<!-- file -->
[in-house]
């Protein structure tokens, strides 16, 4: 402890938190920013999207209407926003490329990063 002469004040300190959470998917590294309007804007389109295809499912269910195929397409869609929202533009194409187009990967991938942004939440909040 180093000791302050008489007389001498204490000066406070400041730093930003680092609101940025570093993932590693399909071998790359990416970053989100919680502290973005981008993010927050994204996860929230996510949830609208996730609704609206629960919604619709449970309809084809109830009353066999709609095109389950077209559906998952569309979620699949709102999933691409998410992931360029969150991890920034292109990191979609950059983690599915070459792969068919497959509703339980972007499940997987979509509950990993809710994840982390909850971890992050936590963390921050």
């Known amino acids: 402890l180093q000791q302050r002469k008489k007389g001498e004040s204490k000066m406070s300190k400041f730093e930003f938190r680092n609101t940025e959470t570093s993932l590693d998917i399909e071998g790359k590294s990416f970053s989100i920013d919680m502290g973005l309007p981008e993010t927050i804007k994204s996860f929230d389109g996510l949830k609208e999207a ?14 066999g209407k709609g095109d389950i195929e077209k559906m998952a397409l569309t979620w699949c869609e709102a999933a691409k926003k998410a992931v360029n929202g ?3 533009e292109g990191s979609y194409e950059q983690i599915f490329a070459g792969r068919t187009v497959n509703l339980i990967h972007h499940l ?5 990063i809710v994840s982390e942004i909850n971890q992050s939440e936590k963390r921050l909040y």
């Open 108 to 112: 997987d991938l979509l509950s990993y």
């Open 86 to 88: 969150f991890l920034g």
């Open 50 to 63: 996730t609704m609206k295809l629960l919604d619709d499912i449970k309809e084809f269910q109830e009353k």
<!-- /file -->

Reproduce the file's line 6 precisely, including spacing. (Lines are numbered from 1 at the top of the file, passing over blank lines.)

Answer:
């Open 50 to 63: 996730t609704m609206k295809l629960l919604d619709d499912i449970k309809e084809f269910q109830e009353k």